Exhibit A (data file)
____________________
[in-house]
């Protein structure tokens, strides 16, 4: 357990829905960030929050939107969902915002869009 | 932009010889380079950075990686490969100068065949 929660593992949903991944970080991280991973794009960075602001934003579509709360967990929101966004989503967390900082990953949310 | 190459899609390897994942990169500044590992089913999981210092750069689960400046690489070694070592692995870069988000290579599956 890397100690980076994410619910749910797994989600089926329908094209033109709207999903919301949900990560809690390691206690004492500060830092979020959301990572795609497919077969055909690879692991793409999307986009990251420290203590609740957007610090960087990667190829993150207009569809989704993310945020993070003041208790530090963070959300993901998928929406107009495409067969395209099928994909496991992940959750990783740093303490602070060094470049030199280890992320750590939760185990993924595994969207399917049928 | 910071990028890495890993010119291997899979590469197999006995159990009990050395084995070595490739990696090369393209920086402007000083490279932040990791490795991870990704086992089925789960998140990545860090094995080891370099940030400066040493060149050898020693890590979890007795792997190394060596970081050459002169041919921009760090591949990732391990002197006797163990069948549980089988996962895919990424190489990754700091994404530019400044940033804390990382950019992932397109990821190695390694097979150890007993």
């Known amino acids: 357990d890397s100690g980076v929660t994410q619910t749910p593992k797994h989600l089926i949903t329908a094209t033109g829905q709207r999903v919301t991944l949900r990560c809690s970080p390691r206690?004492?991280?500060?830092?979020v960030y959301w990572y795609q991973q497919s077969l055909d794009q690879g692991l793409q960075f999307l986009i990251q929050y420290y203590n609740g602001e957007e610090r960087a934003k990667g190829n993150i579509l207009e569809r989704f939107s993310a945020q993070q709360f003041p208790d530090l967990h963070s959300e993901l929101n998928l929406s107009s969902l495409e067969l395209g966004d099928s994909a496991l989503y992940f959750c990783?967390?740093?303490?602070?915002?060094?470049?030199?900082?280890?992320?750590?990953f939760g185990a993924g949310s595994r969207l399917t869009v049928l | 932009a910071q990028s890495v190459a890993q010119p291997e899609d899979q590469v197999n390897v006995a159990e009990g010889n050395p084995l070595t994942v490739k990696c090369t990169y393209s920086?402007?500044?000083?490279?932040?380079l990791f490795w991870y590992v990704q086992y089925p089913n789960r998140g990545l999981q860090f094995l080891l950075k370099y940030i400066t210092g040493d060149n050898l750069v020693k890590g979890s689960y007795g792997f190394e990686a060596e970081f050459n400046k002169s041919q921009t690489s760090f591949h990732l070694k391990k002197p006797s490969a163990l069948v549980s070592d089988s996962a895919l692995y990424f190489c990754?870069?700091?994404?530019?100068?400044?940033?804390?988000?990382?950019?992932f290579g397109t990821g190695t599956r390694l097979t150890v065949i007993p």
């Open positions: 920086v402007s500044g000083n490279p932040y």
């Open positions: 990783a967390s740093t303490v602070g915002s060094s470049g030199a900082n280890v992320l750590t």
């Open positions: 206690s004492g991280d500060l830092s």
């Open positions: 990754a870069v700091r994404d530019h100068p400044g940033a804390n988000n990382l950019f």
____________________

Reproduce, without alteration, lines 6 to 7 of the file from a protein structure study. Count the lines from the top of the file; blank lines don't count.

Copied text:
């Open positions: 206690s004492g991280d500060l830092s």
């Open positions: 990754a870069v700091r994404d530019h100068p400044g940033a804390n988000n990382l950019f």